Zlatý poklad z Prahy-Josefova, U starého hřbitova čp. 248. K nálezům dukátů předjagellonské doby v Praze / Golden hoard found in Prague-Josefov, U starého hřbitova No. 248. Notes to finds of ducats from the pre-Jagiellon period in Prague
Luboš Polanský, Marek Budaj
|Citation||POLANSKÝ, Luboš a BUDAJ, Marek . Zlatý poklad z Prahy-Josefova, U starého hřbitova čp. 248. K nálezům dukátů předjagellonské doby v Praze / Golden hoard found in Prague-Josefov, U starého hřbitova No. 248. Notes to finds of ducats from the pre-Jagiellon period in Prague . Numismatické listy. Prague: National Museum, 2017, 72(3-4), 99-146. ISSN 0029-6074. Also available from: https://publikace.nm.cz/en/periodicals/nl/72-3-4/zlaty-poklad-z-prahy-josefova-u-stareho-hrbitova-cp-248-k-nalezum-dukatu-predjagellonske-doby-v-praze-golden-hoard-found-in-prague-josefov-u-stareho-hrbitova-no-248-notes-to-finds-of-ducats-from-the-pre-jagiellon-period-in-prague|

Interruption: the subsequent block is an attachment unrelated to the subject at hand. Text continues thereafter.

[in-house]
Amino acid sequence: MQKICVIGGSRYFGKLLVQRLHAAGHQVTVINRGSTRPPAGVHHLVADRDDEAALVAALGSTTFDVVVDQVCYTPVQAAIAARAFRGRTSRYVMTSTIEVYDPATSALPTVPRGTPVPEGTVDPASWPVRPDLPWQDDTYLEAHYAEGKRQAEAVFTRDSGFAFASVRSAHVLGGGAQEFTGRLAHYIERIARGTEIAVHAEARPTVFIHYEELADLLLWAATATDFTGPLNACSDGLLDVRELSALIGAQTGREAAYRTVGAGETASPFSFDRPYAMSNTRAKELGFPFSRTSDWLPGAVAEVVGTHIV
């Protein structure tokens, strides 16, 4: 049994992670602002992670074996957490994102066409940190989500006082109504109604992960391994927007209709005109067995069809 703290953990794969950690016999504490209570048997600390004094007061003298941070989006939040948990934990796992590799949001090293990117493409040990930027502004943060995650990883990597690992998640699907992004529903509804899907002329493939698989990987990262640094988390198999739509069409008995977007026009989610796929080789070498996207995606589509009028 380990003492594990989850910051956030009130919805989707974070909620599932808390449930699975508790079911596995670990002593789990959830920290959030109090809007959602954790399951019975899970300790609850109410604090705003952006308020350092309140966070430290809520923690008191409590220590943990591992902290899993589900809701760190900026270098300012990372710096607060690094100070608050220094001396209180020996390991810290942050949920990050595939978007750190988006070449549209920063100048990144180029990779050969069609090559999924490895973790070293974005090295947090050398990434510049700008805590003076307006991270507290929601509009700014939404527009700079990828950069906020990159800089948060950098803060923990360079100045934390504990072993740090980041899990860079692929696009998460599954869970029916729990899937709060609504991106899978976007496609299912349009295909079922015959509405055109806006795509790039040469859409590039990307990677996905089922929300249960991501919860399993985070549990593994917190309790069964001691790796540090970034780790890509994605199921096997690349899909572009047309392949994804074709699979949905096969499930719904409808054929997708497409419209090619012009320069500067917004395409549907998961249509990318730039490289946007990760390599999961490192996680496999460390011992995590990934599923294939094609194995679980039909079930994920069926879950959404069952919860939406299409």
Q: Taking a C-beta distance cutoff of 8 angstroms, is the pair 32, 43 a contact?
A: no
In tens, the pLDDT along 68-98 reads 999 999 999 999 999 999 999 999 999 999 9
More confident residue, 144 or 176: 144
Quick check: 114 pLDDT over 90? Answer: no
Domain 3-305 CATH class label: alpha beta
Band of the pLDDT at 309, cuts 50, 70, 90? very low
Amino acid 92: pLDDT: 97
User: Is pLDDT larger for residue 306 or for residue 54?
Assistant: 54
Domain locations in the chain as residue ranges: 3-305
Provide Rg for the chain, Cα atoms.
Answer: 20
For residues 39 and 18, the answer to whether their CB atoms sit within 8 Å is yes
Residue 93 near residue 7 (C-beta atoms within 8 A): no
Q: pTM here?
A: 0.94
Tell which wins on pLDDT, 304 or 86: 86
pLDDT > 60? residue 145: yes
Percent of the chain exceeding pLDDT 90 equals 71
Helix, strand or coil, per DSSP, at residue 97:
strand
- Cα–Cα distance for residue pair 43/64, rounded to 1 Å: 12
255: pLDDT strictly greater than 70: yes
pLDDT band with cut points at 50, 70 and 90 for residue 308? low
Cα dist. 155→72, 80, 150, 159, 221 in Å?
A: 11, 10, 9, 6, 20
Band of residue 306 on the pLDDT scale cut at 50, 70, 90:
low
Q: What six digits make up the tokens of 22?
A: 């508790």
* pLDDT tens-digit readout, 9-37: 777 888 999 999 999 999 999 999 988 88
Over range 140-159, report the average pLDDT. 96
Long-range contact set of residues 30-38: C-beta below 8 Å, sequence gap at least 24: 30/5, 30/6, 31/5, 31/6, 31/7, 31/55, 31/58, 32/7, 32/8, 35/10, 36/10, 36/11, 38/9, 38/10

The hoard was discovered before Christmas in 1928 during additional demolition of the foundations of the Jewish hospital, under its foundations, very close to the Jewish cemetery in Prague-Josefov. It used to consist of at least 33 gold coins in a clay bowl. Thirty two coins are represented by the Hungarian ducats struck under Sigismund I of Luxembourg (1387–1437) in Buda (18 pcs), Kremnice (Kremnitz, 7 pcs), Košice (Cassovia, 6 pcs) and Velká Baňa (Nagybánya, 1 pc) before 1430, and one coin is English noble struck under Edward III (1327–1377) in Calais. The hoard is one of three known hoards from Prague with gold issues dating back to the pre-Jagiellon period. It was hidden under the wall of the building in place where the Jewish settlement expanded. The owners of the house – of various origins – changed quickly, and since 1440, the building has been owned continuously by the Jewish community. In time of the burial of the hoard, the house was very likely owned by the Prague brewmaster called Hanuško from Prague (1418–1429/1431, 1440) or by the saddler called Václav Paznehtík (1429/1431–before 1433). The hoard was not reported by the finders, the police detected them soon, and they were brought to the court and sentenced to jail. The National Museum bought the part of the hoard for the numismatic collection in 1930.